competition · Crossfit · Rowing

2 km erg test: How far the mighty have fallen


I’m not rowing these days. Not just because it’s winter. I’m also not training indoors with the London Rowing Club.

I first stopped when I was helping to care for a seriously ill family member but even after her death I didn’t go back. I loved rowing but it wasn’t a perfect fit. There wasn’t enough local racing to keep me interested. The time spent driving versus the time spent racing seemed all wrong in the case of out of town regettas. Most importantly though my work travel schedule doesn’t fit well with taking a seat in a racing boat. I’m just away too much.

I’m okay with that. Really.

I loved rowing and expect I’ll do it again some day. I’m still excited and nervous when confronted with a 2 km erg test. When I first started indoor training for rowing, I wrote about the monthly 2 km erg tests. I liked the erg more than I thought I would and I actually won the masters women class in a local ergatta and blogged about that too here.

At CrossFit the other day, a timed 2000 m row was part of the workout. Yikes. Coach Dave asked if we had a best time we wanted to beat. The thing is I do have a best time, see posts linked above for details, but when I’m only training on the erg occasionally at CrossFit I can’t honestly expect to beat it. I settled on a time above my best ever time and aimed for that instead.

I was chatting that day with two other women who were trying to balance different goals, with varying degrees of commitments to different sports. I can rank the various things I do: cycling, Aikido, CrossFit, running…

I’m not quite a Jill of all sports, it’s easier to think of me as a polyamorous athlete with primary and secondary, etc commitments to various sports.

Rowing, I’m sorry. When I think about it that way you’re at best an occasional date.

I’ll keep my best ever 2 km time in my sights but I won’t sweat it too much if I fall short.



Thinking about CrossFit in the New Year?

Of all the things I do, the one that intrigues non participants the most seems to be CrossFit. I get asked often about what it’s like and I find people have a lot of misconceptions.

As we approach the new year, I know lots of people are starting to think about beginning new programs of exercise, including CrossFit. Here’s my two cents.


First, what’s CrossFit all about anyway? Here’s the official line:

What is CrossFit?

CrossFit involves a series of short-interval exercises that, done day after day, will result in an overall stronger, fitter you. It is designed to improve 10 physical attributes: cardiovascular/respiratory resistance, stamina, strength, flexibility, power, speed, coordination, agility, balance, and accuracy.

Workouts of the Day or WODs are constantly varied and are typically short (20 minutes or less) and intense, demanding all-out physical exertion. Classes consist of a warm-up, strength training, WOD and cool down with mobility. They typically last around 45 – 60 minutes and can be scaled for all fitness levels.

If you’re thinking about starting CrossFit, here’s my advice. Keep in mind that I’m me. YMMV, as they say. I’m a 50 year old reasonably physically fit woman. I’m not easily intimated. I’m a pretty large woman. And I like high intensity physical activity and thrive when presented with challenges. I’ve been doing CrossFit for a couple of years, here in London, Ontario and also in Dunedin, New Zealand, where I first started.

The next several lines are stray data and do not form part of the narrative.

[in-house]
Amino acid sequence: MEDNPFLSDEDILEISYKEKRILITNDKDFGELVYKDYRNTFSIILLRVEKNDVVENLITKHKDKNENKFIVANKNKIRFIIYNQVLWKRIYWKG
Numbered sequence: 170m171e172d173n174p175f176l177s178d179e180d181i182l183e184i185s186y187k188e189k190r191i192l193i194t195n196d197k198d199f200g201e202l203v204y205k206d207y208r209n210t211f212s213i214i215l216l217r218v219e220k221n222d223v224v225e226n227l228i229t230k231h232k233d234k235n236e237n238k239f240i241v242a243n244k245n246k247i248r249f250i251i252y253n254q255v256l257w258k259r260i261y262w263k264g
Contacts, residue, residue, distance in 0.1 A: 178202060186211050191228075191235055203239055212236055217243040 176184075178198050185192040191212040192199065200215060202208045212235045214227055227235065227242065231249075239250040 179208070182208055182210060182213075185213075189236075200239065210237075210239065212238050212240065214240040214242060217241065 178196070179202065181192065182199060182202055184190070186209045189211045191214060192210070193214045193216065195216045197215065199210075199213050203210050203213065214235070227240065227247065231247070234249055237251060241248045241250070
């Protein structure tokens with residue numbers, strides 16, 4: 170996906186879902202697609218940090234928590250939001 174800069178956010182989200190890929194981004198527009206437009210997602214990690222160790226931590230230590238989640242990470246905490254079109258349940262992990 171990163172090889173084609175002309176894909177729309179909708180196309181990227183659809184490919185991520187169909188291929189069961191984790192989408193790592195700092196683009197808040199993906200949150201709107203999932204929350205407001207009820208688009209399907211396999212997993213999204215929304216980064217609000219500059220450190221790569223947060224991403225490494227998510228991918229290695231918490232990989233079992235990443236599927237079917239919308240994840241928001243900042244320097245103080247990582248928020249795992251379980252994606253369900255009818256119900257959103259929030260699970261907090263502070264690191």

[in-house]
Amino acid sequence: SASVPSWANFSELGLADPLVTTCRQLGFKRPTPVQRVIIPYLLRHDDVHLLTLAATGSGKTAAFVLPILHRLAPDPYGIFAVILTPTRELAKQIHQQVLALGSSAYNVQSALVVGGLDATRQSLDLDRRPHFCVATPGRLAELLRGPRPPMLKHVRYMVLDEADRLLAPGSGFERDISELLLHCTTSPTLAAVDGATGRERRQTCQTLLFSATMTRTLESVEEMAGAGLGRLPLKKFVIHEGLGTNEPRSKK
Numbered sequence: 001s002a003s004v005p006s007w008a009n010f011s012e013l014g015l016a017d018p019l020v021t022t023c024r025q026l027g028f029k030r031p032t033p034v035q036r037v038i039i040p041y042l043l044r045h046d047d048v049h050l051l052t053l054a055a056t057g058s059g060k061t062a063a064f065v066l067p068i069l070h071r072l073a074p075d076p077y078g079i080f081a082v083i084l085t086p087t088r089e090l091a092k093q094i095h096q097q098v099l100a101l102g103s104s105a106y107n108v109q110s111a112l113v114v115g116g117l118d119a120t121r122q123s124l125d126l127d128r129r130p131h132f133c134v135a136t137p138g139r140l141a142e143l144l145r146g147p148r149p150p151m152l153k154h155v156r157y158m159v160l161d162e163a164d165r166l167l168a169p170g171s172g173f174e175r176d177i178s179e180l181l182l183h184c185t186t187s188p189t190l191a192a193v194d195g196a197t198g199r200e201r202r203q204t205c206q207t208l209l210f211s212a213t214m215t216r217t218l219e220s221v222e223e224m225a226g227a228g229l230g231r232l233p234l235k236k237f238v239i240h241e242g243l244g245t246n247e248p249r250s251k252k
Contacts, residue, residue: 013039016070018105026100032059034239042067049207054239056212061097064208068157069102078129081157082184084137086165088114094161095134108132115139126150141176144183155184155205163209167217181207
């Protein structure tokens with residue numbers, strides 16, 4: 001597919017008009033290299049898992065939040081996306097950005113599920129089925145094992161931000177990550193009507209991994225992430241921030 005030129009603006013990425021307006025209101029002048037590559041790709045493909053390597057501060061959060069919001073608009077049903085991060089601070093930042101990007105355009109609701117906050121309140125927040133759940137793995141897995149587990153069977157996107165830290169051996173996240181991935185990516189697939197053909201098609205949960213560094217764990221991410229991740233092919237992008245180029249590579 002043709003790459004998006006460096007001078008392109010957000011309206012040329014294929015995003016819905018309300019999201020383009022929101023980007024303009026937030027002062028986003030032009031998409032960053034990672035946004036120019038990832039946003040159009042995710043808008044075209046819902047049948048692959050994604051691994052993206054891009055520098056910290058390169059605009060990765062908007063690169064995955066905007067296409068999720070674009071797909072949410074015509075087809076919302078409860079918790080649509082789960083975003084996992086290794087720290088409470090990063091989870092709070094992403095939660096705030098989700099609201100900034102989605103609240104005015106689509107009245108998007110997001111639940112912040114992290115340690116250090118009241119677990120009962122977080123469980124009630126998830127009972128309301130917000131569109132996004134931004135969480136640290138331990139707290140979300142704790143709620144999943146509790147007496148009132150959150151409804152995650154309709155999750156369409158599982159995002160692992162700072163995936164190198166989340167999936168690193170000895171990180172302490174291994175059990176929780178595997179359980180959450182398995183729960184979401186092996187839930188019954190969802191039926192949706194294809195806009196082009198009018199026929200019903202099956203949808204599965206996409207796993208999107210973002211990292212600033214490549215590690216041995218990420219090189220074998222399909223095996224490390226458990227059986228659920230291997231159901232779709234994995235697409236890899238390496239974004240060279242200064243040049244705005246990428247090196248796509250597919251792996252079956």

First, it’s not just for already fit athletes. I hear a lot of people talk about getting in shape to join CrossFit but that’s just silly. I can see how you might think that if your main exposure to CrossFit is through the CrossFit games on television but in the real world, there’s a wide range of people doing CrossFit. The slogan at the London CrossFit box might be “forging elite fitness” but there a lot of regular people there just having fun and doing their best.

In fact, the CrossFit workouts are incredibly scalable to different levels. See my post Leveling up at CrossFit: Rx versus modified workouts

And if you don’t believe me here’s someone talking about the message they heard at their level 1 CrossFit certification:

“If you think we are programming for (elite) athletes, you are dead wrong; they are but a fraction of the people working out in our gyms. What we do scales for the 70 year old grandmother as well as elite athletes.”

Second, it’s not just for twenty somethings. Yes, there are a lot of twenty somethings there but there are also a lot of people in their forties, fifties, and beyond. Here is my favorite CrossFit image, of a deadlifting grandma.


Third, it won’t necessarily transform the way your body looks. It will change the way your body works. You’ll get stronger, fitter, faster, and generally more powerful but not everybody ends up looking like the images you find if you Google “women and CrossFit.” See CrossFit and women’s bodies. My only positive thought is that all the beautiful strong body images help counteract the idea that lifting makes women big and bulky. Personally, I’m not afraid of big and bulky. Come visit. In the real world of CrossFit you see women of all shapes and sizes. The cool thing isn’t how they look. It’s how much they lift.

I like thinking of the slogan “strong is the new skinny” as a shift to performance from aesthetics but I know I’m in the minority. Still, CrossFit is the environment where I hear very little from other women about weight, about diets, and about percent body fat. Mostly, the women talk about their goals in terms of strength.